You can download the Consul Lambda extension from the HashiCorp releases website at the Consul Lambda releases page.

The following Terraform configuration creates a Lambda layer from the consul-lambda-extension zip file and a Lambda function that uses that layer:

resource "aws_lambda_layer_version" "consul_lambda_extension" {
  layer_name       = "consul-lambda-extension"
  filename         = "consul-lambda-extension_${var.version}"
resource "aws_lambda_function" "lambda_function" {
  function_name    = "lambda-function"
  tags   = {"":"true"}
  layers = [aws_lambda_layer_version.consul_lambda_extension.arn]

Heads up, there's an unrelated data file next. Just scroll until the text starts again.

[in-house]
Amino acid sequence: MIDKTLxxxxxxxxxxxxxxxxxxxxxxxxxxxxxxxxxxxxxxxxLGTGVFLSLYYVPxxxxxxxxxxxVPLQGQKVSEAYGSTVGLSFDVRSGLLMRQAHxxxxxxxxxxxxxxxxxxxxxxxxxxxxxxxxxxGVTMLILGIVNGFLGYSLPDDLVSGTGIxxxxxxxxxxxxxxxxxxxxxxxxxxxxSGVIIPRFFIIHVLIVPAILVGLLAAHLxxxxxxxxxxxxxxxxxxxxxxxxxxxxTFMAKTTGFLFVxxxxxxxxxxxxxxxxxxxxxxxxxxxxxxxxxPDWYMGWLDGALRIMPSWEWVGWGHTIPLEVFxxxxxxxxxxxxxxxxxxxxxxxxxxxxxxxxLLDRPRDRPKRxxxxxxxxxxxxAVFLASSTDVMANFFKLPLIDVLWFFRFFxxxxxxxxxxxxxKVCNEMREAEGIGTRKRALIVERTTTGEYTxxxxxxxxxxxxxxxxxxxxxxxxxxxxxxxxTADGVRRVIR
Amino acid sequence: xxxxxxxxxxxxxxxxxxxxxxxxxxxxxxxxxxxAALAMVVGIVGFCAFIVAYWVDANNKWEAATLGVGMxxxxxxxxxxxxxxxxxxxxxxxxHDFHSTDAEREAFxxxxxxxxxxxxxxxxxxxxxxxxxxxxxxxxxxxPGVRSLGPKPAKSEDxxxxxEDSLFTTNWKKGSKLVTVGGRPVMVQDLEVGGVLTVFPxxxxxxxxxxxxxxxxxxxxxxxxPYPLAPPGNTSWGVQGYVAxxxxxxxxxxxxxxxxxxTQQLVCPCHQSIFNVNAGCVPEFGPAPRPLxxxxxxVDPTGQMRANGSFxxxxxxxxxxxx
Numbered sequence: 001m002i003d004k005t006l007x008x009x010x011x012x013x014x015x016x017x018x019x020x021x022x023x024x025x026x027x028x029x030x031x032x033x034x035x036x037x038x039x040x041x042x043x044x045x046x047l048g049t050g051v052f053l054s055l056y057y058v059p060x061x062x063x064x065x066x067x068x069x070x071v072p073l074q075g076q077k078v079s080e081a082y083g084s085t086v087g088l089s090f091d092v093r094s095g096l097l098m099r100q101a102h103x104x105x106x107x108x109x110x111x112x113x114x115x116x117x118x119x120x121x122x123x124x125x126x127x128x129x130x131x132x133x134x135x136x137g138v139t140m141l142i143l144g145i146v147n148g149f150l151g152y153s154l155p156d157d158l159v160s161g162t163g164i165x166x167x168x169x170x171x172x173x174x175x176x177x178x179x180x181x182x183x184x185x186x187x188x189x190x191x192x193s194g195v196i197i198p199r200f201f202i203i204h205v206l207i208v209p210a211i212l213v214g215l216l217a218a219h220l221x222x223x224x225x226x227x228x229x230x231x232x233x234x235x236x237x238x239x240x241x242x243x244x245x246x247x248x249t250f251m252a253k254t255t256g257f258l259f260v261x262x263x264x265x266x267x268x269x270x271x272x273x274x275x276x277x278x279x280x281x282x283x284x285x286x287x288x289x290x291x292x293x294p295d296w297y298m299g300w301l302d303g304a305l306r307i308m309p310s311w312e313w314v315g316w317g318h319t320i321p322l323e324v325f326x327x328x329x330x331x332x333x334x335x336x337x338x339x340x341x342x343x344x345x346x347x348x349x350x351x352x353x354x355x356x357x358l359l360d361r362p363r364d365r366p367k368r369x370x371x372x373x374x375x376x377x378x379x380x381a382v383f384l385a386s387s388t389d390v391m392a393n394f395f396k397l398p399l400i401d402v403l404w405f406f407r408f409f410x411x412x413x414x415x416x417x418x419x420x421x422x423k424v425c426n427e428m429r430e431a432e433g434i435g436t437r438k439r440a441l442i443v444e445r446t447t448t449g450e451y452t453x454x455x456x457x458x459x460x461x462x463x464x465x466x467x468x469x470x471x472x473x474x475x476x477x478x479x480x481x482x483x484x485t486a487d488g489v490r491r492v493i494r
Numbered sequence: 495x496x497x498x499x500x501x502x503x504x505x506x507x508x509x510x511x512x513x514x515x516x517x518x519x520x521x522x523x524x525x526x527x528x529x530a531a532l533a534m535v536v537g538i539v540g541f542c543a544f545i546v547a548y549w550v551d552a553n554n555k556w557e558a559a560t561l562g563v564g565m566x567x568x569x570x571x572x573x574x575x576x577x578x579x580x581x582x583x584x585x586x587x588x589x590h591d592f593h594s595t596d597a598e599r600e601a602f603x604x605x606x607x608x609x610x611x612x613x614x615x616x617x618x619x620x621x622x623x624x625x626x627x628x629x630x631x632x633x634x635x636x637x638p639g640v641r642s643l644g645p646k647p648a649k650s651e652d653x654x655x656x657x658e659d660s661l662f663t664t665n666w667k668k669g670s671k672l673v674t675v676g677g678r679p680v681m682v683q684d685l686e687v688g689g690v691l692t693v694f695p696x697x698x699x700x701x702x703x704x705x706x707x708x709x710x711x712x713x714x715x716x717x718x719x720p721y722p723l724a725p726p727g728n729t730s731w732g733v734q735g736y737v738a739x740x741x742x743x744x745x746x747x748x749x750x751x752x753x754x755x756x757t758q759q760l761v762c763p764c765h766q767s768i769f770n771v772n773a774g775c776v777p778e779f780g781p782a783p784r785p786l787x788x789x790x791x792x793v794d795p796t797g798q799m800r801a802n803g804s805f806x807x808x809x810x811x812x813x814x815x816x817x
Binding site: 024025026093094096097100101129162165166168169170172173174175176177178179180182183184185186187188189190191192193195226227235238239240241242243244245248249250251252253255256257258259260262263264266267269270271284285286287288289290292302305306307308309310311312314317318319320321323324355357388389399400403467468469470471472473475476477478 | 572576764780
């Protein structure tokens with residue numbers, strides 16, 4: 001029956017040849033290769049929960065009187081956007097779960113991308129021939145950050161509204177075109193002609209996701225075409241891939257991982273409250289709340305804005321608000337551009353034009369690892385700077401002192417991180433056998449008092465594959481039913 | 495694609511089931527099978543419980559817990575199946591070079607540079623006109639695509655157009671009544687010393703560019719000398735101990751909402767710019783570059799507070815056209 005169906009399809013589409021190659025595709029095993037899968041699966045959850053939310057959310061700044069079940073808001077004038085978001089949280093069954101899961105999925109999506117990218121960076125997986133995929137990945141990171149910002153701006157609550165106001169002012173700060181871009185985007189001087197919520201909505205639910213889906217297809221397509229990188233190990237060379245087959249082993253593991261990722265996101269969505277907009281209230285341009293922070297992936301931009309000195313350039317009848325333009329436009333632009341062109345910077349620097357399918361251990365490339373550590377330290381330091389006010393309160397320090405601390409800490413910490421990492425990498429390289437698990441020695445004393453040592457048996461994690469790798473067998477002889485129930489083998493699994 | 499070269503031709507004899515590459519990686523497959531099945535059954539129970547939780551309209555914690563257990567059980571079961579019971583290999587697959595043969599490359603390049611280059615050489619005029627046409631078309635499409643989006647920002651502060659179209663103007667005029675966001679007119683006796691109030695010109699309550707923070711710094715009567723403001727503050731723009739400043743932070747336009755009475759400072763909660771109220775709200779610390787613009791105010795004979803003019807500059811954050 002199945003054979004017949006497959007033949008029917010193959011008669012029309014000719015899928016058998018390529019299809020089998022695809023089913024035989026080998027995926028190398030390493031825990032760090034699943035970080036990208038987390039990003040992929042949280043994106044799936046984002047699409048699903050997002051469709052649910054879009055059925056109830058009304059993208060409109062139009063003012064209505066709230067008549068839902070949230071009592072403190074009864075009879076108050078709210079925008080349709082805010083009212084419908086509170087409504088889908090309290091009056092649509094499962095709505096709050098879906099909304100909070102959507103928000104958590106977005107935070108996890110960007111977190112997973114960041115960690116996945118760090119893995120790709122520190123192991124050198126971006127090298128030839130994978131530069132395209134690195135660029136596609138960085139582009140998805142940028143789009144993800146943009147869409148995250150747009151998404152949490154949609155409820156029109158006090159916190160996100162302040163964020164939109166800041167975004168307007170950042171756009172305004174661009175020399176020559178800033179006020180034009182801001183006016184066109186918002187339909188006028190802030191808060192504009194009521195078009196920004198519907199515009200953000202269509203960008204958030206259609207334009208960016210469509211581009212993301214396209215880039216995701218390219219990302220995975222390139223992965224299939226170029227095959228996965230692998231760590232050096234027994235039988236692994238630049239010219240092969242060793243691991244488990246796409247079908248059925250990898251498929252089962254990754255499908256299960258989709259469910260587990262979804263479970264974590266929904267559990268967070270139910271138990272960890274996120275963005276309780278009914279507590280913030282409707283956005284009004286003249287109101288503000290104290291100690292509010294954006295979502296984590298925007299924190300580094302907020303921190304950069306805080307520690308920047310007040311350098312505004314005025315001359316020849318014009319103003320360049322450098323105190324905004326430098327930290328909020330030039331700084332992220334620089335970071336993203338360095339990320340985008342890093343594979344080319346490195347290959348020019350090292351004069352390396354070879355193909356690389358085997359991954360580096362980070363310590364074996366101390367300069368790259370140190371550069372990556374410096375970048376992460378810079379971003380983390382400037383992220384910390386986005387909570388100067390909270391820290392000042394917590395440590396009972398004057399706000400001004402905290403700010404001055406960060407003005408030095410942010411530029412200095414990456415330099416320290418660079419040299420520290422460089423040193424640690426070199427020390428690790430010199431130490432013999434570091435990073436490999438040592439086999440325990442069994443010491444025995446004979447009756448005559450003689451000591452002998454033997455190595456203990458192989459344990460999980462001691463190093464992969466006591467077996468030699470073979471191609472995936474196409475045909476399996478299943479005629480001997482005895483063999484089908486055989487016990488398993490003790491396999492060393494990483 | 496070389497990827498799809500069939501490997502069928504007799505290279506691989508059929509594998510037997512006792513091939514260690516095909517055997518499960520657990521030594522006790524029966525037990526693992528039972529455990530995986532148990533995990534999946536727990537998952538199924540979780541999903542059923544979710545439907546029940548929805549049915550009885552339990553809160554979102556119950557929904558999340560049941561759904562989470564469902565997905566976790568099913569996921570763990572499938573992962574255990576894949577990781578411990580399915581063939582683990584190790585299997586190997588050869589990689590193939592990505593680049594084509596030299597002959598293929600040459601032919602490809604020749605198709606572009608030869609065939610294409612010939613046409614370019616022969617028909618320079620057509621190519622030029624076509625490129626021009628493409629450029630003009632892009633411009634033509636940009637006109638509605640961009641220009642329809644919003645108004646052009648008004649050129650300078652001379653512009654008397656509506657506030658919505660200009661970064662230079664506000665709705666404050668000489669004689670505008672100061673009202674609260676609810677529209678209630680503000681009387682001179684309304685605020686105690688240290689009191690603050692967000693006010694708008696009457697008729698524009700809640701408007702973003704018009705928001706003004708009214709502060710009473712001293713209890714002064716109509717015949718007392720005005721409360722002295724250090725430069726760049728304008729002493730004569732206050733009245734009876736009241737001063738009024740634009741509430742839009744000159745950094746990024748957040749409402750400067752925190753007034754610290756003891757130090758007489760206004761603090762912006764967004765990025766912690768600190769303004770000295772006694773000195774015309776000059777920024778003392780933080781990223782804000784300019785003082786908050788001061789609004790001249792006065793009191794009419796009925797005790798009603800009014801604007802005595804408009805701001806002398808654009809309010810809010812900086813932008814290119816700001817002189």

environment {
    variables = {
      CONSUL_EXTENSION_DATA_PREFIX = "/lambda-data"
      CONSUL_MESH_GATEWAY_URI = "mesh-gateway.consul:8443"
      CONSUL_SERVICE_UPSTREAMS = "example-service:1234"

To call the example-service upstream, the function makes requests to localhost:1234.

»Next Steps for HashiCorp Consul

Our goal with HashiCorp Consul is to provide a consistent, enterprise-ready control plane to discover and securely connect any application. Users can now further broaden their service mesh implementations by utilizing these new Consul improvements for AWS Lambda functions.

To learn more about how to use Consul and Lambda together, please visit the Consul and AWS Lambda documentation.